July is now one of my favourite months. It is the most significant month for Agbowó. On July 22, we will release the second edition of our yearly magazine, themed Limits. We have received amazing submissions from diverse African countries. We are enthused by the quality of works sent, and that these amazingly creative people have trusted us with their works.
Why is this a significant step for us? Last year, our magazine was simply a collection of works that had been published on our online literary journal, agbowo.org. We simply presented it in another format. Yet, it was an important step, and people embraced the magazine as if the works were completely new. One of my exciting moments was when I attended a literary event in Lagos and met this very excited lady who spoke so highly of the magazine and even remembered some of the writers and titles in the magazine. Who remembers Abeiku Arhin Tsiwah?! Great writer but easy to mispronounce name for me. And then she said Petitioning Christ. Her friend had shared the magazine with her via mail and she frantically searched for it again. The magazine equally impressed another budding writer who soon sent her works for publication on the literary journal. It felt very different from the online accolades we received, because I could see that reaction for myself and knew our work was important. Ours is not the first African literary magazine, but few (or almost none) have built the kind of credibility that has made their American and European counterparts revered and darlings of creative people around the world, including Africans. That is the level of excellence we aim to operate and even more.
This year, we did a call for entries with a specific theme. We received works from almost all the regions in Africa. Our editors have had a lot of work to do, especially since we also continued to receive submissions for the online literary journal, which is open throughout the year. By now, we have finalized on most entries, and are now working on producing something amazing from the awesome works that have been sent to us. We cannot wait.
July 22 is also the day we get to unveil new steps we are taking at Agbowó in building platforms to provide global access for creative Africans. We are making this a yearly tradition. While we are gradually building our literary platforms, we hope to do more. We want to build tools to help creative Africans create new works, while also building platforms for them to reach their audiences across world with their creativity. More importantly, we want to help them capture the value they are creating. Everything we do is on this canvas.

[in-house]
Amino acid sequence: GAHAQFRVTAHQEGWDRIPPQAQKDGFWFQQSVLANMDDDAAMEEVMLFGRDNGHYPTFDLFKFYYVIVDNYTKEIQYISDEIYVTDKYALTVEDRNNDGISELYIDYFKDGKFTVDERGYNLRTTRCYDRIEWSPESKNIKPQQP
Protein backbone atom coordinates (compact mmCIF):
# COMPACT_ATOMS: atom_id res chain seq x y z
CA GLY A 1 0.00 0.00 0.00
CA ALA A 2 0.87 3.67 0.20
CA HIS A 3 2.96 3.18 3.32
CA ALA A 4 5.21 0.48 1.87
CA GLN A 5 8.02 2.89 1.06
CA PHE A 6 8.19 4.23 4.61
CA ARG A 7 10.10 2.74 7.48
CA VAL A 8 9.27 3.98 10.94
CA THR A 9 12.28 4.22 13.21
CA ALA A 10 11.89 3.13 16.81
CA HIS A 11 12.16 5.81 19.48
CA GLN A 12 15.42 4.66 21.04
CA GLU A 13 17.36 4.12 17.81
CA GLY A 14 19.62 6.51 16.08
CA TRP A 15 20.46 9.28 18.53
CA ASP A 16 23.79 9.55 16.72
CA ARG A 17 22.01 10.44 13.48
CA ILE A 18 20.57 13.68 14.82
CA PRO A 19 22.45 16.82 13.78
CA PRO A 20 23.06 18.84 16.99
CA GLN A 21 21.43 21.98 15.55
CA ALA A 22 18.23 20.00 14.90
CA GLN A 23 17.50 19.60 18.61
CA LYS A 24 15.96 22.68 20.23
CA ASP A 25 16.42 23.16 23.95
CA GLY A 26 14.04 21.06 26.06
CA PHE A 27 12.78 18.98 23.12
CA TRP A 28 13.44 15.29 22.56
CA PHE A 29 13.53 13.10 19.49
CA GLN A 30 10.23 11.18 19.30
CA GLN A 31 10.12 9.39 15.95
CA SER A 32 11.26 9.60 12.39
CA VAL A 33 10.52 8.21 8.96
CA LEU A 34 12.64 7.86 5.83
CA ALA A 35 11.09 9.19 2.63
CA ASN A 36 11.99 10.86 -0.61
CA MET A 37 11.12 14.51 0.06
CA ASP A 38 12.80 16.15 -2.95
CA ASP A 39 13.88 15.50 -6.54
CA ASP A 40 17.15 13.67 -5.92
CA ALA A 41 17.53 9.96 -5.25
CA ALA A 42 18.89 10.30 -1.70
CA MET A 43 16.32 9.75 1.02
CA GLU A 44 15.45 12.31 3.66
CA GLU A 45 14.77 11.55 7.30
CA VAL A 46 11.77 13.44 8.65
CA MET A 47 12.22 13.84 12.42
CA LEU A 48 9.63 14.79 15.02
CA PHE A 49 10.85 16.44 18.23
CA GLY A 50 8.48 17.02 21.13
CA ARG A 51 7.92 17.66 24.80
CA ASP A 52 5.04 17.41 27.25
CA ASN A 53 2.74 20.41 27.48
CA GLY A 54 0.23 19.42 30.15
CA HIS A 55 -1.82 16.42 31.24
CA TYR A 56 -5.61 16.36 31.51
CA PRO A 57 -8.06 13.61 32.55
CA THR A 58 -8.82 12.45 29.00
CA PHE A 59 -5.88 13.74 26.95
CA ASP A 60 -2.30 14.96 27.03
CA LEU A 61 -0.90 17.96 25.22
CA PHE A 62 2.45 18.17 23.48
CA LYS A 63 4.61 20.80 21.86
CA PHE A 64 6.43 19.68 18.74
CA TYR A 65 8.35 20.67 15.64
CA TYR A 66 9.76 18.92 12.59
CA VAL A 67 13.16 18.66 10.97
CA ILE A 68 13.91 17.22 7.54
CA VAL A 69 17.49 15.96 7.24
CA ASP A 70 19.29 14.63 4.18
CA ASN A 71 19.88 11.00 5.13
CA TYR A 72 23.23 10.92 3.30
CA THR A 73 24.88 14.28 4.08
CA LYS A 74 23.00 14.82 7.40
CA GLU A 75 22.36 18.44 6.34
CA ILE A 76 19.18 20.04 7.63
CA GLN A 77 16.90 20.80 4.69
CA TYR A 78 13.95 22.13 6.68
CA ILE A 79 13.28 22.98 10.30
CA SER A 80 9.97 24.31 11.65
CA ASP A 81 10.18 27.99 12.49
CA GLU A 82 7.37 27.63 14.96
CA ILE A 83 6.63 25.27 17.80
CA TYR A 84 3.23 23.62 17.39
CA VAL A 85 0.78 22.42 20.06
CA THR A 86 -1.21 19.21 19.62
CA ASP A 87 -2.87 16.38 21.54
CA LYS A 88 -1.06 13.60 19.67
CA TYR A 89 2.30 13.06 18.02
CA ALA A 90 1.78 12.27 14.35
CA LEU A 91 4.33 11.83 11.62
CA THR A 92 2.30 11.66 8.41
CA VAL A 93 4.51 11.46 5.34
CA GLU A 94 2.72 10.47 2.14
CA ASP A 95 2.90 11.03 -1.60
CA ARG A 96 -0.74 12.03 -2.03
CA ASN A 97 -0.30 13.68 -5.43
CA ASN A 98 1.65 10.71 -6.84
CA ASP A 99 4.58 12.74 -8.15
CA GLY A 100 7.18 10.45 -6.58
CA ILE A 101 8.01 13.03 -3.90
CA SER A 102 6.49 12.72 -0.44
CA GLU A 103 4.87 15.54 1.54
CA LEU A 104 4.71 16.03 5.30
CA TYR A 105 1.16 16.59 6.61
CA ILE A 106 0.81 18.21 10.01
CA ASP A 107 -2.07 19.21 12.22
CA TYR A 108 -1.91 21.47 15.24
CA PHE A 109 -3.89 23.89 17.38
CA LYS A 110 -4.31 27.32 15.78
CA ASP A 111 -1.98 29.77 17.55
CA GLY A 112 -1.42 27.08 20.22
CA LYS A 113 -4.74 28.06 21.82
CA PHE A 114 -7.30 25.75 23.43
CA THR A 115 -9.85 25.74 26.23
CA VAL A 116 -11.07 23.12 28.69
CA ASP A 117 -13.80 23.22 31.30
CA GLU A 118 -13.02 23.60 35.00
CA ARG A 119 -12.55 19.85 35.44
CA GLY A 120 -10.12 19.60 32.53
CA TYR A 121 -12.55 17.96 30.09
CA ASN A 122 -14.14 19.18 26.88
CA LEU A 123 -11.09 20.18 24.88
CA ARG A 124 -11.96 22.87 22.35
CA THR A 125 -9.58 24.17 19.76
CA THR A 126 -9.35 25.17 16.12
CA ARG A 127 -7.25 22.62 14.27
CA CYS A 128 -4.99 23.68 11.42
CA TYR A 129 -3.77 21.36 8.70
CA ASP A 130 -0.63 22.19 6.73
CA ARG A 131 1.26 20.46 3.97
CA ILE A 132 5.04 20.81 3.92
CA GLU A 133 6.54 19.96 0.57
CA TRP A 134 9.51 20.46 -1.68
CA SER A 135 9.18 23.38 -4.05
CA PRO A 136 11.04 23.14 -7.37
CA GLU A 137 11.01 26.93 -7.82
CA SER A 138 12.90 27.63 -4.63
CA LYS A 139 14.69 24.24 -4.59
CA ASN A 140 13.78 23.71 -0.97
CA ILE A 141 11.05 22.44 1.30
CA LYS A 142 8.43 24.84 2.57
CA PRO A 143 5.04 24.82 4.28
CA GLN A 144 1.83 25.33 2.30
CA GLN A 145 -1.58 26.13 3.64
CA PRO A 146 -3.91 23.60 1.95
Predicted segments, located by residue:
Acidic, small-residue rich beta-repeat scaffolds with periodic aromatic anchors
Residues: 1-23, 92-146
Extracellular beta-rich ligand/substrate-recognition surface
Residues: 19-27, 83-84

We are still very early in our journey, and we are still unraveling our purpose. Late last month, I had another long conversation with Moyo, who leads Agbowó, about recent developments in the literary community. At the end of that conversation, the importance of our work became more obvious and our purpose clearer. We could see why our platform was necessary and why we needed to do more; especially in setting new standards that improve the lives of creative Africans.
Last year, we made it our goal to start an events arm to bring live art experiences to people. Our goal was also to build a community of creative people sharing their works, lending their voice to important conversations and building a network. We went out to acquire arts initiative, ArtsnChill. We can say that move has shown early promises that we hope we can build on. While we took our time to have our first event few months after the acquisition, we have successfully sold out our tickets for our first two events and we already have new collaborations in the pipeline for June and July events. We also got funding support to cater for part of our expenses for our events later in the year from German cultural organization, Goethe Institut. We are working to get more funding to support our programs. While there is still a lot of improvement we need to make to our events, we believe we are heading in the right direction. And we are doing this with very lean resources, and using lean strategies.
As we countdown towards July, our team is working to add to the platforms that help us serve creative Africans better. Our journey has been gradual, but we have been growing. Our team has grown to 15 amazing and committed people who are just as enthusiastic about African art. That connection means our team is a small community on its own working together to create platforms for the larger community. We are proud of what we hope to accomplish.
While our world continues to grow technologically, we see the role of art in this increasingly mechanized world. There is the rising need to improve man’s utility and efficiency, but it is art that helps us connect with our souls, with our humanness, and sparks those emotions that make us who we are. Thus, our goal is to empower creative Africans across diverse forms to create art and help them reach the hearts of people who are looking for more ways of becoming better versions of themselves. While we do this, we hope to create and capture enough value for our company and the art community.
July is coming! Keep watch!
Please visit agbowo.org to learn more about our work.
Follow @agbowoart on Twitter, Instagram and Facebook.
There is something special about seeing your stuff live, beyond the online thing. I was excited to stand in front of this physical representation of Agbowó’s progress.